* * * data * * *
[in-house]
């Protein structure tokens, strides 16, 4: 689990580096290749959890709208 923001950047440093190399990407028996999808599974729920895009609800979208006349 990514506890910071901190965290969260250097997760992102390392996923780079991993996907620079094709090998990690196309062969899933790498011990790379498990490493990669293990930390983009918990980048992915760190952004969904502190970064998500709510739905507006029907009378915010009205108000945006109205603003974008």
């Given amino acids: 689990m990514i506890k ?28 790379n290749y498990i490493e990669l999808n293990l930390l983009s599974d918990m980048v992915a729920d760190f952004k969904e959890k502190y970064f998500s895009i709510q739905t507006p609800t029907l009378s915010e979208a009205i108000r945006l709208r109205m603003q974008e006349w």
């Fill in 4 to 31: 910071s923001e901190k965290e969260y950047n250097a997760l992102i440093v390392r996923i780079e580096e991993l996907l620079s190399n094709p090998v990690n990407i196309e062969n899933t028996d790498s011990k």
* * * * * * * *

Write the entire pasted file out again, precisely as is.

[in-house]
């Protein structure tokens, strides 16, 4: 689990580096290749959890709208 923001950047440093190399990407028996999808599974729920895009609800979208006349 990514506890910071901190965290969260250097997760992102390392996923780079991993996907620079094709090998990690196309062969899933790498011990790379498990490493990669293990930390983009918990980048992915760190952004969904502190970064998500709510739905507006029907009378915010009205108000945006109205603003974008």
């Given amino acids: 689990m990514i506890k ?28 790379n290749y498990i490493e990669l999808n293990l930390l983009s599974d918990m980048v992915a729920d760190f952004k969904e959890k502190y970064f998500s895009i709510q739905t507006p609800t029907l009378s915010e979208a009205i108000r945006l709208r109205m603003q974008e006349w």
């Fill in 4 to 31: 910071s923001e901190k965290e969260y950047n250097a997760l992102i440093v390392r996923i780079e580096e991993l996907l620079s190399n094709p090998v990690n990407i196309e062969n899933t028996d790498s011990k």